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ARS Home » Plains Area » Brookings, South Dakota » Integrated Cropping Systems Research » Research » Publications at this Location » Publication #330529

Research Project: Soil and Crop Management Systems for Improved Natural Resource Quality and Efficiency

Location: Integrated Cropping Systems Research

Title: Maize residue removal and cover crop effects on subsequent soybean crops

Author
item Riedell, Walter
item Osborne, Shannon
item Dagel, Kurt

Submitted to: Meeting Abstract
Publication Type: Abstract Only
Publication Acceptance Date: 7/21/2016
Publication Date: 11/6/2016
Citation: Riedell, W.E., Osborne, S.L., Dagel, K.J. 2016. Maize residue removal and cover crop effects on subsequent soybean crops. p. 138. In 2016 Agronomy abstracts. American Society of Agronomy, Madison WI.

Interpretive Summary:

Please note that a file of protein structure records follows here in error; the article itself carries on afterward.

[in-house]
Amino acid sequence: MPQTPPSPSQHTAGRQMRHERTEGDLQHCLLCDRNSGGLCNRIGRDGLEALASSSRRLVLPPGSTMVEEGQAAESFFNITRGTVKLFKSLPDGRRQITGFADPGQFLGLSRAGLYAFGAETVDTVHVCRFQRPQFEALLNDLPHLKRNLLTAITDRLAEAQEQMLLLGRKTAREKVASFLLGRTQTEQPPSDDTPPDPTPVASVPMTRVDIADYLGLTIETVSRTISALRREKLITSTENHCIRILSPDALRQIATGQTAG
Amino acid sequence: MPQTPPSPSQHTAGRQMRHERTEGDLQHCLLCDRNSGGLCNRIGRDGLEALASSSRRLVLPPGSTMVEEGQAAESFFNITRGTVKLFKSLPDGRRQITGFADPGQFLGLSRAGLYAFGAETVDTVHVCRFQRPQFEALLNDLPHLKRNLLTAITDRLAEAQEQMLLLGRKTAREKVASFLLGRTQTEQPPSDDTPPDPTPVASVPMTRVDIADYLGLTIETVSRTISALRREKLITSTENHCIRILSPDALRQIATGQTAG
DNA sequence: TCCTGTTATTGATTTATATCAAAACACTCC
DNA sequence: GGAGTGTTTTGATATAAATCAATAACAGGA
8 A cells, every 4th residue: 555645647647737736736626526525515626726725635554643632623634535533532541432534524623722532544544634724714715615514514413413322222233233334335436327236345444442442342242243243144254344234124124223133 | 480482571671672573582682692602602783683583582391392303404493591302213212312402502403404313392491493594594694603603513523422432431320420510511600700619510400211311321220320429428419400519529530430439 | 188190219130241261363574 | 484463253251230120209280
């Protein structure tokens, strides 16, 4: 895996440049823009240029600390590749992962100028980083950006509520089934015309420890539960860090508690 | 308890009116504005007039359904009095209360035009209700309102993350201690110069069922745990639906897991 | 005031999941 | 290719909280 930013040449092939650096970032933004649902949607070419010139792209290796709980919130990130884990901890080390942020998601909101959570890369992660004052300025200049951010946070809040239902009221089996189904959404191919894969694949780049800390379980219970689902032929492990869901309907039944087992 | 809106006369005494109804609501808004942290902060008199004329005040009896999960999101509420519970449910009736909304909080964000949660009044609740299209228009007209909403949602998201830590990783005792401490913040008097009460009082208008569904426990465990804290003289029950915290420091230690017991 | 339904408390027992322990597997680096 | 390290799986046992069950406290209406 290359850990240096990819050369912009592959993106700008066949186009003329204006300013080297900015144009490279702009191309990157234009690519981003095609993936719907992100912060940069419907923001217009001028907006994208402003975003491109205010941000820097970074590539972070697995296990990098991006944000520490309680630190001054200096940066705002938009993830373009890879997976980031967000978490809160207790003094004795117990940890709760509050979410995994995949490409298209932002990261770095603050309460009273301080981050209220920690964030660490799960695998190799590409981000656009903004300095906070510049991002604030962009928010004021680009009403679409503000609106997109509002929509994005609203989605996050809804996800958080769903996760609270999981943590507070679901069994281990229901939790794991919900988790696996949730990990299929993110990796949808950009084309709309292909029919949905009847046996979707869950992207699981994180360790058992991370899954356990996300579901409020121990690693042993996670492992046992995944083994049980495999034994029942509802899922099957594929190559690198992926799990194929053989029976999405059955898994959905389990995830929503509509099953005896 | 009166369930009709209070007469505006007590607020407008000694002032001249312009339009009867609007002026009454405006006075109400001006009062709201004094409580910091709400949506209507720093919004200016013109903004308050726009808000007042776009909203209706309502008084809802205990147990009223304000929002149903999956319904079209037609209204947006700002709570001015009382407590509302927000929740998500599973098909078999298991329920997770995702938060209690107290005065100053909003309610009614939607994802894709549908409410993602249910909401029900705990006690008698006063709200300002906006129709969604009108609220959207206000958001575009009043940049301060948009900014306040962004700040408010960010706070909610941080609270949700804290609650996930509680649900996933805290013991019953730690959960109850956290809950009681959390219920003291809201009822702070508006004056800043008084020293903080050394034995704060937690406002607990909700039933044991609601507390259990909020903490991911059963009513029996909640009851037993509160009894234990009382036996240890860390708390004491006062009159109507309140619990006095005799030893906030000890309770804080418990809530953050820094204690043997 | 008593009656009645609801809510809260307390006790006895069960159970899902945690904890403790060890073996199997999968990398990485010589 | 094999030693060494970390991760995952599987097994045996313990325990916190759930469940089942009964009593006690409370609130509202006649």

Technical Abstract: Residue removal and cover crop treatments often differentially affect cash crop yield across geographical regions. Objectives were to examine maize residue removal and cover crop treatment effects on soybean grain yield and seed components (moisture at harvest and mineral nutrients) near Brookings, SD. A field study consisting of three maize residue removal treatments superimposed on a 2-yr maize-soybean rotation was established in 2000 under no-till soil management. Maize residue removal treatments [designated LRR (low residue removal; grain harvest only), MRR (medium residue removal; stalks chopped after grain harvest, windrowed, and removed), and HRR (high residue removal; cutting stalks and removing fodder as silage)] were main plot treatments. Sub-plot treatments were the absence or presence of cover crops (fall planted slender wheat grass in corn and hairy vetch/oats in soybean; terminated with herbicide in spring). Data from the 2009 through 2012 growing seasons were evaluated. Only during the comparably hot and dry 2012 growing season did residue removal affect yield with the LRR treatment resulting in greater soybean yield than MRR and HRR. Maize residue remaining in the field under the LRR treatment may have reduce soil water evaporation, increased soil water availability, and improved soybean productivity during the 2012 drought year. Grain moisture at harvest was greater while grain N and S concentrations were less in soybeans grown under LRR than under MRR or HRR across all years of the study. Greater residue amounts under LRR likely kept soil temperatures cooler which, in turn, would have slowed soybean plant development and reduced seed N and S uptake compared to the MRR or HRR treatments. There were no significant 2-way residue management by cover crop treatment interactions, suggesting that dependent variables responded similarly to residue management treatments regardless of the absence or presence of cover crops.